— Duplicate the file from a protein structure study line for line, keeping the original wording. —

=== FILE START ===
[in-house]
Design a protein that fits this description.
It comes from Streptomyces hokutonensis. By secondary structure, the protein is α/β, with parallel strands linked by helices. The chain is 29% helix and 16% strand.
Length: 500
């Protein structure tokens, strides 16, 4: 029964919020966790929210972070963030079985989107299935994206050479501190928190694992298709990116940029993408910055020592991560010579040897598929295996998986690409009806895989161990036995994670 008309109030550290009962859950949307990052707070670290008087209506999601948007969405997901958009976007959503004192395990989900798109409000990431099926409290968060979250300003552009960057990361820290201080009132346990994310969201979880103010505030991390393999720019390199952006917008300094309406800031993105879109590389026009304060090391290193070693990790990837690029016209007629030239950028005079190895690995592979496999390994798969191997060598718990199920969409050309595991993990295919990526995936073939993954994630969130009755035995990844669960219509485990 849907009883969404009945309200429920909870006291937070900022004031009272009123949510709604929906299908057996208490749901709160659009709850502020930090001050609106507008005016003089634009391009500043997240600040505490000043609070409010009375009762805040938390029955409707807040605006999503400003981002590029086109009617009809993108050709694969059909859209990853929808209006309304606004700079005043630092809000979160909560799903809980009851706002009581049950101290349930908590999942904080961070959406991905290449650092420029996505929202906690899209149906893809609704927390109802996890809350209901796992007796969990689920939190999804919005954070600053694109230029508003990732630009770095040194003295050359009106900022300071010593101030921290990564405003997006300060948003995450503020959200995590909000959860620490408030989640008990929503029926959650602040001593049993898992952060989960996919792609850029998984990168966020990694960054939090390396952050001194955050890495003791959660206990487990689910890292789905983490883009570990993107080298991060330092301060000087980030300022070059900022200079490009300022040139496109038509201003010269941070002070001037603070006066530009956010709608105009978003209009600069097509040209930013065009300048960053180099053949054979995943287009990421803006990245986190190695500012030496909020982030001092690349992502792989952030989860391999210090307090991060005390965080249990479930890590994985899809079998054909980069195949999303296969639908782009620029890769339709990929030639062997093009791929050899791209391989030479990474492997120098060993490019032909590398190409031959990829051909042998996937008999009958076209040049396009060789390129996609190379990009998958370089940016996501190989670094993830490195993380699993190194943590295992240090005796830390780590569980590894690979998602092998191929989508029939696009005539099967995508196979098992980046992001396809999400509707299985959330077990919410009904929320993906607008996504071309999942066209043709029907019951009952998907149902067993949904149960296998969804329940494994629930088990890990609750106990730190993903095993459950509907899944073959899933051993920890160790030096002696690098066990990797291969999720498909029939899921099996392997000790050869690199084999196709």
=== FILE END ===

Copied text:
[in-house]
Design a protein that fits this description.
It comes from Streptomyces hokutonensis. By secondary structure, the protein is α/β, with parallel strands linked by helices. The chain is 29% helix and 16% strand.
Length: 500
């Protein structure tokens, strides 16, 4: 029964919020966790929210972070963030079985989107299935994206050479501190928190694992298709990116940029993408910055020592991560010579040897598929295996998986690409009806895989161990036995994670 008309109030550290009962859950949307990052707070670290008087209506999601948007969405997901958009976007959503004192395990989900798109409000990431099926409290968060979250300003552009960057990361820290201080009132346990994310969201979880103010505030991390393999720019390199952006917008300094309406800031993105879109590389026009304060090391290193070693990790990837690029016209007629030239950028005079190895690995592979496999390994798969191997060598718990199920969409050309595991993990295919990526995936073939993954994630969130009755035995990844669960219509485990 849907009883969404009945309200429920909870006291937070900022004031009272009123949510709604929906299908057996208490749901709160659009709850502020930090001050609106507008005016003089634009391009500043997240600040505490000043609070409010009375009762805040938390029955409707807040605006999503400003981002590029086109009617009809993108050709694969059909859209990853929808209006309304606004700079005043630092809000979160909560799903809980009851706002009581049950101290349930908590999942904080961070959406991905290449650092420029996505929202906690899209149906893809609704927390109802996890809350209901796992007796969990689920939190999804919005954070600053694109230029508003990732630009770095040194003295050359009106900022300071010593101030921290990564405003997006300060948003995450503020959200995590909000959860620490408030989640008990929503029926959650602040001593049993898992952060989960996919792609850029998984990168966020990694960054939090390396952050001194955050890495003791959660206990487990689910890292789905983490883009570990993107080298991060330092301060000087980030300022070059900022200079490009300022040139496109038509201003010269941070002070001037603070006066530009956010709608105009978003209009600069097509040209930013065009300048960053180099053949054979995943287009990421803006990245986190190695500012030496909020982030001092690349992502792989952030989860391999210090307090991060005390965080249990479930890590994985899809079998054909980069195949999303296969639908782009620029890769339709990929030639062997093009791929050899791209391989030479990474492997120098060993490019032909590398190409031959990829051909042998996937008999009958076209040049396009060789390129996609190379990009998958370089940016996501190989670094993830490195993380699993190194943590295992240090005796830390780590569980590894690979998602092998191929989508029939696009005539099967995508196979098992980046992001396809999400509707299985959330077990919410009904929320993906607008996504071309999942066209043709029907019951009952998907149902067993949904149960296998969804329940494994629930088990890990609750106990730190993903095993459950509907899944073959899933051993920890160790030096002696690098066990990797291969999720498909029939899921099996392997000790050869690199084999196709």